As part of an ongoing community engagement push by the Chicago Blackhawks, the team announced Wednesday that it will prohibit fans from wearing Native American headdresses to games at the United Center moving forward.
The decision comes amid an intensifying conversation in the sports world around the use of Native American imagery and nicknames. While the Blackhawks have said they intend to keep their nickname and logo, other teams, including the Cleveland Indians, have said they will continue evaluating their usage of their nicknames, and the Washington Football Team has already moved away from its former logo and nickname amid an ongoing review process.
Here is the Blackhawks’ full statement on the decision to ban headdresses:
“On July 7, the organization made a commitment to expand our efforts, serve as stewards of our name and identity and raise the bar even higher for our ongoing dialogue with local and national Native American groups. We thank these Native American partners for their consistent insight throughout the years, as well as the other Native American organizations and community members who have reached out over the last few weeks to share their feedback on how we can best utilize our platform to better educate the public and serve the Native American community.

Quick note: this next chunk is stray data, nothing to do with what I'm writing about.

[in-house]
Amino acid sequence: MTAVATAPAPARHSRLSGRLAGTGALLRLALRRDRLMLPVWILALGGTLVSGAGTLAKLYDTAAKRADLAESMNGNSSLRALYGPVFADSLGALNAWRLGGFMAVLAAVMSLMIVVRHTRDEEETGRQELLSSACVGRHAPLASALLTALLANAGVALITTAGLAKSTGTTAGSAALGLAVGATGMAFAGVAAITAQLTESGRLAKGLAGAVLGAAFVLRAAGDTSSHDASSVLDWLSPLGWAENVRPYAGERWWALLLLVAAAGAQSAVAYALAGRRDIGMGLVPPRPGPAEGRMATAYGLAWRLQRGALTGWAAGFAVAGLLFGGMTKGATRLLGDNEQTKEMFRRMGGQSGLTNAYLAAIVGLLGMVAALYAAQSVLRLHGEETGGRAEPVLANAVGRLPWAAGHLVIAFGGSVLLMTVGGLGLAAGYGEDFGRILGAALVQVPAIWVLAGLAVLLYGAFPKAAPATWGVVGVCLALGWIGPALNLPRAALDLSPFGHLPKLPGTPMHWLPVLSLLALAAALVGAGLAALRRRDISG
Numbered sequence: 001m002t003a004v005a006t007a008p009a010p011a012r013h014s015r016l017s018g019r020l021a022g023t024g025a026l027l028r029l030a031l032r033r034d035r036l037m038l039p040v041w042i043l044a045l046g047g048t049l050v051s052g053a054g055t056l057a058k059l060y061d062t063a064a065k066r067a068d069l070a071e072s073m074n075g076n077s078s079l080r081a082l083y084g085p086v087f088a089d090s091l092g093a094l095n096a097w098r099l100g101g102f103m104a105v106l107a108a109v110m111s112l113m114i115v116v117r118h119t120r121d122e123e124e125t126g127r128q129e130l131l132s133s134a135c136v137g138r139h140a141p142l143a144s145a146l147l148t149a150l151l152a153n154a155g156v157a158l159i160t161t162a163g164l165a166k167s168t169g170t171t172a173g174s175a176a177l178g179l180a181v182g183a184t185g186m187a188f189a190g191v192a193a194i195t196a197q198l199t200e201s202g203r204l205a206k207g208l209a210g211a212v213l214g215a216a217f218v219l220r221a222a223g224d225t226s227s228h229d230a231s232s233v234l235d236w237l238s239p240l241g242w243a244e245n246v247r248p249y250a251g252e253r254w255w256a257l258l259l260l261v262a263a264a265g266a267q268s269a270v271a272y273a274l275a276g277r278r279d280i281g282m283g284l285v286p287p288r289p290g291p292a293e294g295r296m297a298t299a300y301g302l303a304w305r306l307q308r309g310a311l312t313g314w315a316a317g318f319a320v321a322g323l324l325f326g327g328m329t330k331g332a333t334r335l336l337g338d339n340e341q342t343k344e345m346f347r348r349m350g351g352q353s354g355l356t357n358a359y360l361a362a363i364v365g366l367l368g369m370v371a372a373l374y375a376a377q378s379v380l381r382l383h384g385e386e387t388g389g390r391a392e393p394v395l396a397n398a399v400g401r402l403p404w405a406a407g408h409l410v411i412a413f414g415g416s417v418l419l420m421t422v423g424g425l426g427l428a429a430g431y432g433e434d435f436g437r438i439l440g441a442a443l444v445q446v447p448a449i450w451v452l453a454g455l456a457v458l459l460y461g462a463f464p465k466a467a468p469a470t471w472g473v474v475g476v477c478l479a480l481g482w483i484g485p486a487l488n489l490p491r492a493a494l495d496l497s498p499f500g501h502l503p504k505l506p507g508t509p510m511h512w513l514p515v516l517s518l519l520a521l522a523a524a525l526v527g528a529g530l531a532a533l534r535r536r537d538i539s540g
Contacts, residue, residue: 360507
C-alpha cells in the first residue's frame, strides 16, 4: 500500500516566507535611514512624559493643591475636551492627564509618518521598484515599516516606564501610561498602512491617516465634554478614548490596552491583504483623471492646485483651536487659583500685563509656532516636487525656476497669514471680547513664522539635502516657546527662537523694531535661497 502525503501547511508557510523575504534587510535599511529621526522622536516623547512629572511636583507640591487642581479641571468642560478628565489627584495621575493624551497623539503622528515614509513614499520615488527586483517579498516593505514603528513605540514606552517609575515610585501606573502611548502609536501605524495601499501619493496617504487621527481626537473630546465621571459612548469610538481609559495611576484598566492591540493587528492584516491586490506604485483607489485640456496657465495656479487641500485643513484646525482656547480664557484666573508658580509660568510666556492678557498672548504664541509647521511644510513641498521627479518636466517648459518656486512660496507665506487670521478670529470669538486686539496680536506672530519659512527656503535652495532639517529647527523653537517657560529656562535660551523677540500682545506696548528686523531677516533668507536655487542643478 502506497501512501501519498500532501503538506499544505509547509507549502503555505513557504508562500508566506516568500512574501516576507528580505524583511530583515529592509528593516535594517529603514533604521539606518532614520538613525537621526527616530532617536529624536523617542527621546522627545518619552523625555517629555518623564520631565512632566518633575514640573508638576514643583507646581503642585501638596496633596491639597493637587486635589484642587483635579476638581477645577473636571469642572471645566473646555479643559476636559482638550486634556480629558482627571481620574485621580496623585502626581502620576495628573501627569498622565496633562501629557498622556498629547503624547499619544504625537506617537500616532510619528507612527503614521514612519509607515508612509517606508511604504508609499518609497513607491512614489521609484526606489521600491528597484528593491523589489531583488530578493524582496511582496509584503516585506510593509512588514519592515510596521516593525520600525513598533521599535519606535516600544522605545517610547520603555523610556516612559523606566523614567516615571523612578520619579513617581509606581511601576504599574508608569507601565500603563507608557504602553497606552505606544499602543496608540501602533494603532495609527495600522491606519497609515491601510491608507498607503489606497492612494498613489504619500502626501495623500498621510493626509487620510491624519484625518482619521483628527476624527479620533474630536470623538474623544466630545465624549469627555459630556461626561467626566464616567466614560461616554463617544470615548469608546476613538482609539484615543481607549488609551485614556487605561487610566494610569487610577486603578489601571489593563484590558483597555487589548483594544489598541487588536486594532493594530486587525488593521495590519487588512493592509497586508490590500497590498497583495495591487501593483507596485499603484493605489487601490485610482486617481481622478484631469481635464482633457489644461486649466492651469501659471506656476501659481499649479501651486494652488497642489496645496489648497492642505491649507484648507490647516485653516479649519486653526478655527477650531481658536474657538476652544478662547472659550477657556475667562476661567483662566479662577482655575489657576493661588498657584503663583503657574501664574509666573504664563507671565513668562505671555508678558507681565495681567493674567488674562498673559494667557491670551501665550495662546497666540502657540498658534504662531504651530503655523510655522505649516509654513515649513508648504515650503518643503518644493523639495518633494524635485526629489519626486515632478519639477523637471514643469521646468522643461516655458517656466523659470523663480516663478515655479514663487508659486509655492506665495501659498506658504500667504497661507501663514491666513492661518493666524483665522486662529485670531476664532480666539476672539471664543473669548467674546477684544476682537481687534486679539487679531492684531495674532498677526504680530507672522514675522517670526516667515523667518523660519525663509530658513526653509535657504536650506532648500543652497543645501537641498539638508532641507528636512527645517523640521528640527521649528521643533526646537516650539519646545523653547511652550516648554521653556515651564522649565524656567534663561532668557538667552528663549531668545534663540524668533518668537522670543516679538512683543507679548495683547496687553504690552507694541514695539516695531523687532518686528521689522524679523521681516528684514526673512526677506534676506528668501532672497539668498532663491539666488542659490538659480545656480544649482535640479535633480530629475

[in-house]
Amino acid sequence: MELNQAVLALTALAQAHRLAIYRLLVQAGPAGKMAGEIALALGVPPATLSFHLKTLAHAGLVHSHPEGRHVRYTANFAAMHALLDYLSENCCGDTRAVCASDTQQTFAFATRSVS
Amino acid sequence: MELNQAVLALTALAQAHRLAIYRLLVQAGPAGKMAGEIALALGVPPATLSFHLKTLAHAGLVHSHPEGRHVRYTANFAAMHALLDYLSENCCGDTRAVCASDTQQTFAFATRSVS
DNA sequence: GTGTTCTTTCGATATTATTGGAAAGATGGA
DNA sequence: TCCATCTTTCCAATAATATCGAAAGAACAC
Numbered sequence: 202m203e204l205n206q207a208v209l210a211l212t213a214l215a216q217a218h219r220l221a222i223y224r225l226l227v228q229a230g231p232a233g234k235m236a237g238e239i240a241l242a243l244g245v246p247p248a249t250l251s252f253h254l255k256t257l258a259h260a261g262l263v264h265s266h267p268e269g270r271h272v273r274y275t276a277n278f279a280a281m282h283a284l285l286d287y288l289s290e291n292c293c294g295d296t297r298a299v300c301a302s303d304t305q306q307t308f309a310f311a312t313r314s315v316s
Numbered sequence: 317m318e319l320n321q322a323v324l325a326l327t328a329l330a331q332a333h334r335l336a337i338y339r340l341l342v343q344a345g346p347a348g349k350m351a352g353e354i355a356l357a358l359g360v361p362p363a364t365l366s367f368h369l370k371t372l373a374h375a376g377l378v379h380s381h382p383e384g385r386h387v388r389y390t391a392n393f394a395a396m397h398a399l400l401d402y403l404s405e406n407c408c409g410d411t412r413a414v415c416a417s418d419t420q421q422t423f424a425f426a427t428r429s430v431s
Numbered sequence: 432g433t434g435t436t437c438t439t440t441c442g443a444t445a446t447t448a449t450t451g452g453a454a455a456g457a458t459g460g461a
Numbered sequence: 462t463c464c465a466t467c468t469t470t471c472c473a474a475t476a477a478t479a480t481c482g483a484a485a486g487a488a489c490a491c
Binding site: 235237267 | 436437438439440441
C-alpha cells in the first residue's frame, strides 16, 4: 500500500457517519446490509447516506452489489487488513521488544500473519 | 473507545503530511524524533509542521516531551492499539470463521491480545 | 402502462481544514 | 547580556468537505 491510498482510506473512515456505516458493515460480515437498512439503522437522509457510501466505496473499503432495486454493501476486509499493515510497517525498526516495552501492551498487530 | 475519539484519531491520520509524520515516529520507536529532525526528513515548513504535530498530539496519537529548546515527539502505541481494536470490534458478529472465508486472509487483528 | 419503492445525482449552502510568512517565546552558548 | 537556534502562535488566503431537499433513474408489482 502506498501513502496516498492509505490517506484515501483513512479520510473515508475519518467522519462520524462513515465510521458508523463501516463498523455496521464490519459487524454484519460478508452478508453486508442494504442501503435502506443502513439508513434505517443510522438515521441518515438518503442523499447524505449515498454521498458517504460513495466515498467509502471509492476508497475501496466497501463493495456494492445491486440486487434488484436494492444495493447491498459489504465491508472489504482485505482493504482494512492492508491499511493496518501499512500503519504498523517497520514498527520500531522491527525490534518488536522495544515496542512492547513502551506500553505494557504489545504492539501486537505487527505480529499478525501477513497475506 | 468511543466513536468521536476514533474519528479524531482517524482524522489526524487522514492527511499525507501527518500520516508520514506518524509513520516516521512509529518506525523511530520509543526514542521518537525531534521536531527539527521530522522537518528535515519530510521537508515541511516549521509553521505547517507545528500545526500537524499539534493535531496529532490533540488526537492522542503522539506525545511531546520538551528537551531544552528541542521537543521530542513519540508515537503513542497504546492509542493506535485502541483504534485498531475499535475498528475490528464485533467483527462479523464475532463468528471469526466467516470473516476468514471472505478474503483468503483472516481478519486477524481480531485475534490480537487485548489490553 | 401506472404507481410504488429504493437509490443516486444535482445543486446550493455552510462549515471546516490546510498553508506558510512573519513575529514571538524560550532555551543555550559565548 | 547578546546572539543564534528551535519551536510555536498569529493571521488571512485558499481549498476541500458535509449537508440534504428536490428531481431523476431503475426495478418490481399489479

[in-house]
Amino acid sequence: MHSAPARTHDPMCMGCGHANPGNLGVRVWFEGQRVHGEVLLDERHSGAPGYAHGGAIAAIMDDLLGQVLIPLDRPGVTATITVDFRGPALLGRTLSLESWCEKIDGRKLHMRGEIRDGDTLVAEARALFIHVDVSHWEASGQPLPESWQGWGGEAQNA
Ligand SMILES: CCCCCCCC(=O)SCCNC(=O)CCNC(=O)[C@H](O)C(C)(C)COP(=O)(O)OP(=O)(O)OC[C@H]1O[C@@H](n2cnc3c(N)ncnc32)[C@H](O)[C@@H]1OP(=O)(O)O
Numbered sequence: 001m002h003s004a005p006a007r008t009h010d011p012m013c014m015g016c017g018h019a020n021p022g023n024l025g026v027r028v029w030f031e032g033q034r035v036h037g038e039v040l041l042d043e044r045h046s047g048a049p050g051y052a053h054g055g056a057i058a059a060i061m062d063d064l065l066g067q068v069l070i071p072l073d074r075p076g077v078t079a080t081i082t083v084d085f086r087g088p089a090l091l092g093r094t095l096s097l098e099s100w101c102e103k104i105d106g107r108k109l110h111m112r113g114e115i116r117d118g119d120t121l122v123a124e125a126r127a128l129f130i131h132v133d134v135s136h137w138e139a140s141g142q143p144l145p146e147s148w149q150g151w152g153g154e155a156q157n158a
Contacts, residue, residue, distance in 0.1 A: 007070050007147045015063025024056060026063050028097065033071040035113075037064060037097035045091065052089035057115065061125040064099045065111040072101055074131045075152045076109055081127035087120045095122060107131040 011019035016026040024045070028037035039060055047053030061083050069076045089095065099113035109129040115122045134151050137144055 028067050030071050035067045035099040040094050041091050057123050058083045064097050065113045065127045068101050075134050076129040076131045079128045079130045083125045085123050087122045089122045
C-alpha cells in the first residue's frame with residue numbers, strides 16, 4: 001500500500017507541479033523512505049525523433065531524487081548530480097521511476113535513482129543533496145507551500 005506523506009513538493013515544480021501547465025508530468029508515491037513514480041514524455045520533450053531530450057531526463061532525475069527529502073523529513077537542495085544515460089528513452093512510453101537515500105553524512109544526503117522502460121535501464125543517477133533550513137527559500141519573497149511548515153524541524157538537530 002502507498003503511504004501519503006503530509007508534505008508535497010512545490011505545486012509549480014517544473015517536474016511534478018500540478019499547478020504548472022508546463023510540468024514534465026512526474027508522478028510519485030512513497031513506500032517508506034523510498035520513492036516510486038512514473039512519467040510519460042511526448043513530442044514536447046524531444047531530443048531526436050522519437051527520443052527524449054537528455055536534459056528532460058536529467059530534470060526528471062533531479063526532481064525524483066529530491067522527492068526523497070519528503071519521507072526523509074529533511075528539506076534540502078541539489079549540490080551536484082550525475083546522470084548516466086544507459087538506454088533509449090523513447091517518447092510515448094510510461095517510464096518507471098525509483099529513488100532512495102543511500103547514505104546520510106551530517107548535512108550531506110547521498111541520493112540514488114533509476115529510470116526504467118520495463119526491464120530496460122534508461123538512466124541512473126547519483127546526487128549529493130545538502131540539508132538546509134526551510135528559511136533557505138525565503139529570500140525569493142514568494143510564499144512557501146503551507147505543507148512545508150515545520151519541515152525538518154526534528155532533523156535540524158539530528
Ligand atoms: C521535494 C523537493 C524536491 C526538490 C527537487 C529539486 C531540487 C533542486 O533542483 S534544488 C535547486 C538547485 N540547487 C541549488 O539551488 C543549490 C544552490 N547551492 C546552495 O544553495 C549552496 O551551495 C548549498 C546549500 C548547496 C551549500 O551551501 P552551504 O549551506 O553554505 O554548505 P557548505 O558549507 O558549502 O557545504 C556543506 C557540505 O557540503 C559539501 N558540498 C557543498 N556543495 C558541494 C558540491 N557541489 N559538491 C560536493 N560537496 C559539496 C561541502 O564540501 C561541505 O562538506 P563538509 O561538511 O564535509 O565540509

“As we prepare to return to play and represent you in the Stanley Cup Qualifiers in Edmonton, we want our fans to be very clear on what it means to be part of the Blackhawks family, regardless of whether we can be together in the arena. We have always maintained an expectation that our fans uphold an atmosphere of respect, and after extensive and meaningful conversations with our Native American partners, we have decided to formalize those expectations.
“Moving forward, headdresses will be prohibited for fans entering Blackhawks-sanctioned events of the United Center when Blackhawks home games resume. These symbols are sacred, traditionally reserved for leaders who have earned a place of great respect in their Tribe, and should not be generalized or used as a costume or for everyday wear.”
The club, originally called the “Black Hawks,” was named after the “Blackhawk Division” of the 333rd Machine Gun Battalion of the 86th Infantry Division, which served during World War I. That unit had been named after Black Hawk, who served as a leader in the Sauk Native American Tribe during the Black Hawk War of 1832.
The team combined the two words into the nickname “Blackhawks” in 1986.